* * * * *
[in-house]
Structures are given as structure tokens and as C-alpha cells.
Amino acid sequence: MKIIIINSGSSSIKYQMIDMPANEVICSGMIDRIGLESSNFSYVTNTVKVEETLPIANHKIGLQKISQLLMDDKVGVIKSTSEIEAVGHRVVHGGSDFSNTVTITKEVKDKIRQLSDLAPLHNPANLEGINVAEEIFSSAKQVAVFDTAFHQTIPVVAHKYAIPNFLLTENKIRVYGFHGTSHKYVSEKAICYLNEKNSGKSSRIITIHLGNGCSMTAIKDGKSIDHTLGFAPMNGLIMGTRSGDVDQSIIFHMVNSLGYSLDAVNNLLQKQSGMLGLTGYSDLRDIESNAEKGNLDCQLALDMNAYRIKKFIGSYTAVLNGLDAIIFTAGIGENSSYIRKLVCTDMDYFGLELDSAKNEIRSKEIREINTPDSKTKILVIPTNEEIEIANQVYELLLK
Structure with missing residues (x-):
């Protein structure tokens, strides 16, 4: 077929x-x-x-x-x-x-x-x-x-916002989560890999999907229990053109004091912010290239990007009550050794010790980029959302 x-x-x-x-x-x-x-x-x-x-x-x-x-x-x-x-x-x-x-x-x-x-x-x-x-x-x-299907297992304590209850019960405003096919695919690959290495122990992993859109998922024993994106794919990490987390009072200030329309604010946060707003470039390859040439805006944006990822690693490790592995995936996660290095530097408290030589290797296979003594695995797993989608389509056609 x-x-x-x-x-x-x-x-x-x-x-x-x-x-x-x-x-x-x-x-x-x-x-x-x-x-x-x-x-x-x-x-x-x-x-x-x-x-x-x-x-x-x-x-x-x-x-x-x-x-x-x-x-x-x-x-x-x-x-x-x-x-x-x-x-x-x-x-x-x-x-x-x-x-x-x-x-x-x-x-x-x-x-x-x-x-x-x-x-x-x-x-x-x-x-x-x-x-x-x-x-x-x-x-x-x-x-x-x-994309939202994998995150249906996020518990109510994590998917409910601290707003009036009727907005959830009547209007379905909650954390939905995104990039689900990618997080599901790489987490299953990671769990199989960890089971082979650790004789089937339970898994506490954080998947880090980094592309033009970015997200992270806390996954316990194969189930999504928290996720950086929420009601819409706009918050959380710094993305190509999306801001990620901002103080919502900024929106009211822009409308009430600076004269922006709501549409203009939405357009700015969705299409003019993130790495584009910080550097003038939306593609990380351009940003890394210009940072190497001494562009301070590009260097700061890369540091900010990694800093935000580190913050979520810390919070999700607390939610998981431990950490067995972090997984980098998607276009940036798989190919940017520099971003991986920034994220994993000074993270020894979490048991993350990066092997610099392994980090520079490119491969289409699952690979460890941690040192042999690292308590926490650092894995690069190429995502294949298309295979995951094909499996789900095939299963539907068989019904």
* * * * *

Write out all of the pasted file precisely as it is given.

[in-house]
Structures are given as structure tokens and as C-alpha cells.
Amino acid sequence: MKIIIINSGSSSIKYQMIDMPANEVICSGMIDRIGLESSNFSYVTNTVKVEETLPIANHKIGLQKISQLLMDDKVGVIKSTSEIEAVGHRVVHGGSDFSNTVTITKEVKDKIRQLSDLAPLHNPANLEGINVAEEIFSSAKQVAVFDTAFHQTIPVVAHKYAIPNFLLTENKIRVYGFHGTSHKYVSEKAICYLNEKNSGKSSRIITIHLGNGCSMTAIKDGKSIDHTLGFAPMNGLIMGTRSGDVDQSIIFHMVNSLGYSLDAVNNLLQKQSGMLGLTGYSDLRDIESNAEKGNLDCQLALDMNAYRIKKFIGSYTAVLNGLDAIIFTAGIGENSSYIRKLVCTDMDYFGLELDSAKNEIRSKEIREINTPDSKTKILVIPTNEEIEIANQVYELLLK
Structure with missing residues (x-):
């Protein structure tokens, strides 16, 4: 077929x-x-x-x-x-x-x-x-x-916002989560890999999907229990053109004091912010290239990007009550050794010790980029959302 x-x-x-x-x-x-x-x-x-x-x-x-x-x-x-x-x-x-x-x-x-x-x-x-x-x-x-299907297992304590209850019960405003096919695919690959290495122990992993859109998922024993994106794919990490987390009072200030329309604010946060707003470039390859040439805006944006990822690693490790592995995936996660290095530097408290030589290797296979003594695995797993989608389509056609 x-x-x-x-x-x-x-x-x-x-x-x-x-x-x-x-x-x-x-x-x-x-x-x-x-x-x-x-x-x-x-x-x-x-x-x-x-x-x-x-x-x-x-x-x-x-x-x-x-x-x-x-x-x-x-x-x-x-x-x-x-x-x-x-x-x-x-x-x-x-x-x-x-x-x-x-x-x-x-x-x-x-x-x-x-x-x-x-x-x-x-x-x-x-x-x-x-x-x-x-x-x-x-x-x-x-x-x-x-994309939202994998995150249906996020518990109510994590998917409910601290707003009036009727907005959830009547209007379905909650954390939905995104990039689900990618997080599901790489987490299953990671769990199989960890089971082979650790004789089937339970898994506490954080998947880090980094592309033009970015997200992270806390996954316990194969189930999504928290996720950086929420009601819409706009918050959380710094993305190509999306801001990620901002103080919502900024929106009211822009409308009430600076004269922006709501549409203009939405357009700015969705299409003019993130790495584009910080550097003038939306593609990380351009940003890394210009940072190497001494562009301070590009260097700061890369540091900010990694800093935000580190913050979520810390919070999700607390939610998981431990950490067995972090997984980098998607276009940036798989190919940017520099971003991986920034994220994993000074993270020894979490048991993350990066092997610099392994980090520079490119491969289409699952690979460890941690040192042999690292308590926490650092894995690069190429995502294949298309295979995951094909499996789900095939299963539907068989019904």